worked out version of noncognitivism, which extends that doctrine beyond ethics to cover judgments of rationality; a

sympathy for ‘Moore-like’ dismissals of cognitivist naturalism is conjoined with the reflection that the author’s disagreement

with that position may in the end be empirical. Pages 150-250 explore the extent to which, on the account presented,

normative judgment ‘mimics the search for truth’ (218).)

Hare, R.M. (1952) The Language of Morals, Oxford: Clarendon Press.(A highly influential presentation of noncognitivism,

which attempts to derive the autonomy of ethics from the distinctively action-guiding character of ethical language. Like

most writers influenced by Moore, Hare uses the term ‘naturalism’ for what this entry calls cognitivist naturalism.)

Harman, G. (1977) The Nature of Morality, New York: Oxford University Press, chaps 1-2.(Presents the argument that

supposed moral facts seem irrelevant to naturalistic explanation, without committing himself to this conclusion.)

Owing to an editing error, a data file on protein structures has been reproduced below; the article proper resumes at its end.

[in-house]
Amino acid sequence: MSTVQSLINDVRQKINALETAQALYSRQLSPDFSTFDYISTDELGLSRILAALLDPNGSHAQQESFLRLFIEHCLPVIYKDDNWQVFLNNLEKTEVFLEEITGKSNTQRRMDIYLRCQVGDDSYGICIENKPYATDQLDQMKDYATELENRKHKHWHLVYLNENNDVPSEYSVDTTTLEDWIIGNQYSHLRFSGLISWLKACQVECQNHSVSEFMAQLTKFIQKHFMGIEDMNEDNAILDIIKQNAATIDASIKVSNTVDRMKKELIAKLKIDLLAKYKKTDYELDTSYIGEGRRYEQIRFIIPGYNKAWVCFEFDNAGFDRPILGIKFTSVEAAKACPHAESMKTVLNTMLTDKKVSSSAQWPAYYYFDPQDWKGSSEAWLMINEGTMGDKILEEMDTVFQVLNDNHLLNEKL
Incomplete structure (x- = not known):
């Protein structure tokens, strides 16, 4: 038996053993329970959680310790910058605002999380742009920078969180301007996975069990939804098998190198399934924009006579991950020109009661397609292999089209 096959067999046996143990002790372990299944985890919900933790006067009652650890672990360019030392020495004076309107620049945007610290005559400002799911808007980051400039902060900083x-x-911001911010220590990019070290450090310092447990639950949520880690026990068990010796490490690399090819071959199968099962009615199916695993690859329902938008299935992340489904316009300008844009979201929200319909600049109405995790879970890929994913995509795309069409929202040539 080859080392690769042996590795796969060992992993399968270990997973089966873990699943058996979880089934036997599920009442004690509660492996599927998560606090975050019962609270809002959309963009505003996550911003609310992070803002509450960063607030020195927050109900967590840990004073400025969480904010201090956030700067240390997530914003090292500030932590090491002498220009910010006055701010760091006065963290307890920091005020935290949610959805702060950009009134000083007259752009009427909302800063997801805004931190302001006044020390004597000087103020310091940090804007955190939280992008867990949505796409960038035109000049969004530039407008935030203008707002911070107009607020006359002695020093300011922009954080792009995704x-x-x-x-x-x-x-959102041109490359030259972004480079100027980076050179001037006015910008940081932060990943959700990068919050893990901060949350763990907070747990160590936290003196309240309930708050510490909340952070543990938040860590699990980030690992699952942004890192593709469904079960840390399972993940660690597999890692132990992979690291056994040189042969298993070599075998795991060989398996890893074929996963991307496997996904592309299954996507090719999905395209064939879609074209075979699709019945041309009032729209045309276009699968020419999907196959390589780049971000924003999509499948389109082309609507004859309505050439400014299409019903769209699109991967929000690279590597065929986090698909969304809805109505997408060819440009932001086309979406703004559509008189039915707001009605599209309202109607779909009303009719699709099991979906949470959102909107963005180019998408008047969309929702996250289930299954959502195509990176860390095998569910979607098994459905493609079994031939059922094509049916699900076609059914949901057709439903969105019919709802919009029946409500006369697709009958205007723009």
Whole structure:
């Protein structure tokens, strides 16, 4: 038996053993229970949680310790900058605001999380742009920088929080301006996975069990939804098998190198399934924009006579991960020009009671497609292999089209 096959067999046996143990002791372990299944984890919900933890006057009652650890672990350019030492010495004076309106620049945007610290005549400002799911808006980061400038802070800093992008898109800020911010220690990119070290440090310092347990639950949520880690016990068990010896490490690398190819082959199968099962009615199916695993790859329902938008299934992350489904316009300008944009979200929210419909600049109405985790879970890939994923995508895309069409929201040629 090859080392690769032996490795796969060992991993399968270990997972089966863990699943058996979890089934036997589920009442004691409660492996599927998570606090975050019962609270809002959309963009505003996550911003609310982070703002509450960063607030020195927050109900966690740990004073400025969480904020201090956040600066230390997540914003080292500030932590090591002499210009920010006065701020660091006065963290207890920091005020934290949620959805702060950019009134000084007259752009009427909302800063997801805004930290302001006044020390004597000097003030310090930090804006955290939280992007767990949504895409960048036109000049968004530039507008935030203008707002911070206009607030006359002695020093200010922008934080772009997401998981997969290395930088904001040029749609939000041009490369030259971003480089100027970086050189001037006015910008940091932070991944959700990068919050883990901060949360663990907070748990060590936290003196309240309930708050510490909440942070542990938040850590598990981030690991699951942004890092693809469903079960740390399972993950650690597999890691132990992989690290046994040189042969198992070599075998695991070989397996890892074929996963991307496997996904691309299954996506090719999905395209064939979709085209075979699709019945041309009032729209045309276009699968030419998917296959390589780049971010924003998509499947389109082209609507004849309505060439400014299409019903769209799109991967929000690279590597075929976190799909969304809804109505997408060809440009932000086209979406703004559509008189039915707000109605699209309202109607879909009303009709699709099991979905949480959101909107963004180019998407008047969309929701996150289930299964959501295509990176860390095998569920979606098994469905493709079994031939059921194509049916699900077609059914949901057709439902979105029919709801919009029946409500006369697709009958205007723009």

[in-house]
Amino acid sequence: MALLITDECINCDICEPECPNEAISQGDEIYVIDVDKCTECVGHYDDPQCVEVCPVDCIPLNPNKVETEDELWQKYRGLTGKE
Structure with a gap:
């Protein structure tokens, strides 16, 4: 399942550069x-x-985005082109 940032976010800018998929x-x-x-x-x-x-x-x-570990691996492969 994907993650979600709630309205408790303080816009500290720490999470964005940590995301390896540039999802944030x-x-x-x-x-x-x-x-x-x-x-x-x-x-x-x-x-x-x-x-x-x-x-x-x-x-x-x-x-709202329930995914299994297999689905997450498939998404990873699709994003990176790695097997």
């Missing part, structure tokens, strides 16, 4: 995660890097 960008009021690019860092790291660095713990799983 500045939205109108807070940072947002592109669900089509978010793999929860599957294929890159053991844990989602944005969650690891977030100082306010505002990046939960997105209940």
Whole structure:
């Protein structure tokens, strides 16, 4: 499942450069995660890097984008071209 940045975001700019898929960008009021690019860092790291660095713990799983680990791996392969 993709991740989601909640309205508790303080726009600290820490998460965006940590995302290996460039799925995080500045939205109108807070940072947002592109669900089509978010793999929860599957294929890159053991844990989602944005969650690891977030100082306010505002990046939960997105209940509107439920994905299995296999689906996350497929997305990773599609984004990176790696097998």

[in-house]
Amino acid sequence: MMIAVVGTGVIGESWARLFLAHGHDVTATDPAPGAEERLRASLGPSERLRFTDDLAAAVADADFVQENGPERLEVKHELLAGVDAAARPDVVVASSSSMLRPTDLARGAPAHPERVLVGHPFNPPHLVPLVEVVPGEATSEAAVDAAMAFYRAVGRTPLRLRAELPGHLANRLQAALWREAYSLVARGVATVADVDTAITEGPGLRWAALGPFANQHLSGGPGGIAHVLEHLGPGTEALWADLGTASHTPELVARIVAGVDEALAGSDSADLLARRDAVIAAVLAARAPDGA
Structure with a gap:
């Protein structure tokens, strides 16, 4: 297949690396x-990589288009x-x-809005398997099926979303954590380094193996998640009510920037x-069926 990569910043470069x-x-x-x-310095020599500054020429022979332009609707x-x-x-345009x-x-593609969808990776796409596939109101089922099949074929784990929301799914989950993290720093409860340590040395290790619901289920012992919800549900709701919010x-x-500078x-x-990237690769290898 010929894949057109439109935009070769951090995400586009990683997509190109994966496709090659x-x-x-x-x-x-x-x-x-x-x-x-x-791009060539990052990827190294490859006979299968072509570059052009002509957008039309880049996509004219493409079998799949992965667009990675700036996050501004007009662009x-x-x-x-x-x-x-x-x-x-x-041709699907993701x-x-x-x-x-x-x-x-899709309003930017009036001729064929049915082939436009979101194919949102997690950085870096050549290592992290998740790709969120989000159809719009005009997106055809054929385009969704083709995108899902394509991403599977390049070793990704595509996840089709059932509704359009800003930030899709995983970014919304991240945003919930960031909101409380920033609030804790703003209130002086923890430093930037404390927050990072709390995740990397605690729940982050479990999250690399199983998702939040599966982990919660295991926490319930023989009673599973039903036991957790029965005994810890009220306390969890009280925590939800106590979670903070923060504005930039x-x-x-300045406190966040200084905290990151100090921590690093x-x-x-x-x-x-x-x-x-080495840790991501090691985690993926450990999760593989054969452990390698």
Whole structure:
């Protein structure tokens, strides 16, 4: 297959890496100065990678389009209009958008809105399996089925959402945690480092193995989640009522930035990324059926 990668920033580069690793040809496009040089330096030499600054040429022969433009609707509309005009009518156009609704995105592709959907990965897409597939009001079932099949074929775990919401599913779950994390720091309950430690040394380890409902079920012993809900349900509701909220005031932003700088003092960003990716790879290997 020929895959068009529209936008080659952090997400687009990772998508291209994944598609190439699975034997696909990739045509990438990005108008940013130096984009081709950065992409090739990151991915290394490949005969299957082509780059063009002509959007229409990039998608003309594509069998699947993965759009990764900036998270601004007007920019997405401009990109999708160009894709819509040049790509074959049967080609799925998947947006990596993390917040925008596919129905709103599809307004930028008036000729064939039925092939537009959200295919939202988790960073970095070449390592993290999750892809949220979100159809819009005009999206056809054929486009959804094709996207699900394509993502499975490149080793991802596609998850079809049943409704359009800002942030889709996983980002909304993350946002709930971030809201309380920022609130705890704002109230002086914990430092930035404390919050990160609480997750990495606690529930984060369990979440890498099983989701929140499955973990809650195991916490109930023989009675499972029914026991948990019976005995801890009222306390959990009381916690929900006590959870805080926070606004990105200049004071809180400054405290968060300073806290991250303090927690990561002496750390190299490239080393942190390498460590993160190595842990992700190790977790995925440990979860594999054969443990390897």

Mackie, J.L. (1977) Ethics: Inventing Right and Wrong, Harmondsworth: Penguin, ch. 1.(Makes a vigorous naturalistic

argument for ethical nihilism.)

Moore, G.E. (1903) Principia Ethica, Cambridge: Cambridge University Press, sections 1-17.(Dense, technical and, by

Moore’s later admission, sometimes confused, this passage presents the ‘open question’ argument and claims to refute

cognitivist naturalism, called by Moore ‘naturalistic ethics’.)

Plato (c.380-367 BC) Republic, trans. G. Grube, revised by C. Reeve, Indianapolis, IN: Hackett Publishing Company, 1992,

book I.(Presents a classic debate about the nature and value of justice.)

Railton, P. (1992) ‘Some Questions about the Justification of Morality’, in J.E. Tomberlin (ed.) Ethics, Philosophical

Perspectives 6, Atascadero, CA: Ridgeview Publishing Co., 27-53.(A subtle discussion of how vindicatory a naturalistic

theory of ethics can be, and should be required to be.)

Rawls, J. (1971) A Theory of Justice, Cambridge, MA: Belknap Press, ch. 1, section 9.(Describes the process of seeking a

‘reflective equilibrium’ among one’s ethical and other beliefs. This is accepted as an approximately accurate account of

thoughtful reasoning in ethics by many who then disagree about the philosophical implications.)

Sturgeon, N.L. (1985) ‘Moral Explanations’, in D. Copp and D. Zimmerman (eds) Reason, Truth and Morality, Totowa, NJ:

Rowman and Allenheld, 49-78.(A defence of ethical naturalism, with special reference to the explanatory relevance of

ethical facts.)

Wood, A.W. (1981) Karl Marx, London: Routledge & Kegan Paul, chaps 9, 10.(Defends a careful version of an interpretation

according to which Marx holds (to put it much less carefully) that justice is nothing but the interest of a ruling

class.)

Routledge Encyclopedia of Philosophy, Version 1.0, London: Routledge